Texas Men, Stanford Women Top Season-Opening CSCAA Dual Meet Polls

Editor’s Note: SwimSwam is not on the voting panel for the CSCAA Dual Meet Rankings, but the rankings are posted as a courtesy to the CSCAA. See our most recent men’s Power Rankings here and women’s Power Rankings here.

The defending NCAA champions on the men’s and women’s sides remain #1 in the first edition of the College Swimming Coaches Association of America (CSCAA) dual meet polls released today.

The CSCAA system measures teams by “head-to-head competition,” polling a number of college coaches to periodically produce rankings.

On the women’s side, Stanford is the clear-cut number one, leading Cal by 14 points. The men’s rankings are much closer, with Texas sitting just four points ahead of Cal. That mirrors what we saw in our own preseason Power Rankings, where Texas received 3 of 5 first-place votes, but Cal took the other two.

You can find the full CSCAA ranks below, or on their website here.

Division I Women

Rank Prev Team Points
1 Stanford 300
2 California 286
3 Michigan 272
4 Texas 262
5 Texas A&M 250
6 Indiana 233
7 Georgia 222
8 Louisville 218
9 Tennessee 195
10 Virginia 188
11 NC State 183
11 Southern California 183
13 Minnesota 171
14 Kentucky 156
15 Missouri 126
16 Auburn 109
17 Ohio State 105
18 Notre Dame 91
19 Florida 80
20 Wisconsin 76
21 Arizona 67
22 Duke 35
23 Arkansas 21
24 Arizona State 17
25 Florida State 15

Also Received Votes:
North Carolina (13), Virginia Tech (7), South Carolina/Northwestern (6), Alabama (5), Akron (2)

Women’s Poll Committee

Colleen Murphy, Air Force;   Dan Colella, Duke;   Ryan Wochomurka, Houston;  Lars Jorgenson, Kentucky;  Naya Higashijima, UCLA;  Jennifer Buffin, Oregon State;     David Geyer, LSU;     Neil Harper, Arkansas;     Jesse Moore, Minnesota;     Kristy Brager, Wisconsin;     Niko Fantakis, Brown;     April Jensen, Notre Dame;    Nathan Lavery, TCU;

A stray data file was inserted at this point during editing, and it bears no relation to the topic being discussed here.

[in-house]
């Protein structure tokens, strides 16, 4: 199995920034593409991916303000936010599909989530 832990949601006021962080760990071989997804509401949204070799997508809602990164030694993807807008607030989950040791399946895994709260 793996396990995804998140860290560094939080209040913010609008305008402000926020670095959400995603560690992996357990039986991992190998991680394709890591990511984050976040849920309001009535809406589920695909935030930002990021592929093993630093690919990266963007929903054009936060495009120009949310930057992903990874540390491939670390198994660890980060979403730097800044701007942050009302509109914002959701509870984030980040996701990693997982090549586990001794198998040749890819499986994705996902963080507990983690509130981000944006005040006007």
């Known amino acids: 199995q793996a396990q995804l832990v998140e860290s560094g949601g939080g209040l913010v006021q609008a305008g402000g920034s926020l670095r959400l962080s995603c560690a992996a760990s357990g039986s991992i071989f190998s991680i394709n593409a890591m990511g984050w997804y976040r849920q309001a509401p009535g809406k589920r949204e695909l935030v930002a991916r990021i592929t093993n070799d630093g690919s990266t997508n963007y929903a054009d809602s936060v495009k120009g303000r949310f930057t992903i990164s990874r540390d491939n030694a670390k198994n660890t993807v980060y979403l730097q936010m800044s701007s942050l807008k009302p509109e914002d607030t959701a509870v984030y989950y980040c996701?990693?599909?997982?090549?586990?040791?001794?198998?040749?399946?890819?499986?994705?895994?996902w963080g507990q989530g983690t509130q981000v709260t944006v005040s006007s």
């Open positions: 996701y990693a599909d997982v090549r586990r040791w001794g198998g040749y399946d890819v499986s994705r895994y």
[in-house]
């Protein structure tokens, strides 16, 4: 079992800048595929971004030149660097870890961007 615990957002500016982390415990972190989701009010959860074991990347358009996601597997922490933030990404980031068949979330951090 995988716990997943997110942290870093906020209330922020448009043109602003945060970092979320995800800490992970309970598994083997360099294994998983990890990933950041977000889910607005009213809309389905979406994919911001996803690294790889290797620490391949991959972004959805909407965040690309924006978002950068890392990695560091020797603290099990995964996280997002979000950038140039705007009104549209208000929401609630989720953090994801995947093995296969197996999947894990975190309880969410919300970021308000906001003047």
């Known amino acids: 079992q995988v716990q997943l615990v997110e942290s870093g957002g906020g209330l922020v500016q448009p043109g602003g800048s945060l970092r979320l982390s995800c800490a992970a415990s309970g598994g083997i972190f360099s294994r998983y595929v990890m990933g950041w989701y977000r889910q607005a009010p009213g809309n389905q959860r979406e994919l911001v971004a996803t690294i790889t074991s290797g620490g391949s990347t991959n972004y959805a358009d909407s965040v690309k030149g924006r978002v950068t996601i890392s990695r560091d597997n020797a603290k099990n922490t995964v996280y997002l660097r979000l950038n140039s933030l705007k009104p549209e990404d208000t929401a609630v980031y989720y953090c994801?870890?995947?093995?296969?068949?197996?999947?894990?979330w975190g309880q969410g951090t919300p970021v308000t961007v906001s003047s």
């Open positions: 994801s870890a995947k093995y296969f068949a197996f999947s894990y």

Division I Men

Rank Prev Team Points
1 Texas 296
2 California 292
3 Indiana 273
4 NC State 258
5 Stanford 255
6 Michigan 232
7 Southern California 217
8 Florida 205
9 Georgia 191
10 Texas A&M 184
11 Louisville 181
12 Tennessee 155
13 Arizona 151
14 Arizona State 145
15 Virginia 110
16 Ohio State 109
17 Alabama 108
18 Minnesota 107
19 Harvard 102
20 Florida State 59
20 Purdue 59
22 Missouri 50
23 Notre Dame 46
24 South Carolina 24
25 Auburn 19

Also Received Votes:
Georgia Tech (17), Denver (14), Virginia Tech (13), Iowa (9), Grand Canyon (7), Brigham Young (5), Penn State (4), Utah (2), Cornell (1)

Men’s Poll Committee

Brian Schrader, Denver;     Steve Schaffer, Grand Canyon ;     Bill Roberts Navy;   Craig Nisgor, Seattle;     McGee Moody South Carolina;    Chad Cradock UMBC;    Chase Bloch, USC;   Jason Calanog, Texas A&M;     Ashley Dell, Iowa;     Damion Dennis, West Virginia;    Dan Kesler, Arizona State;    Neal Studd, Florida State;    Jamie Holder, Dartmouth;     Kevin Woodhull-Smith, East Carolina

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Great to see the pool poll. Disappointing to see the SEC men have declined in recent years. Auburn in particular has much ground to gain. Their new exciting coaching staff will bring them back close to the top soon I suspect.

2 Cents

Yes, they have fallen. In fact, have they not dropped to a historic low point? By that I mean of any team who has finished 1-5 in the last 20 years, none of them have been ranked as low as 25 in the last 20 years, correct?

On a separate point, look at the votes or point totals in the mens poll. There are some obvious gaps or natural breaks in the poll. The gap between 11 and 12 and 14 and 15, along with the gap between 19 and 20. It kind of makes the division of “tiers” pretty obvious.


Texas is Back!

Well I mean they never really left the pool, but Texas is Back

Well they did leave the pool for a while when it was broken last year.

About Jared Anderson

Jared Anderson

Jared Anderson swam for nearly twenty years. Then, Jared Anderson stopped swimming and started writing about swimming. He's not sick of swimming yet. Swimming might be sick of him, though. Jared was a YMCA and high school swimmer in northern Minnesota, and spent his college years swimming breaststroke and occasionally pretending …

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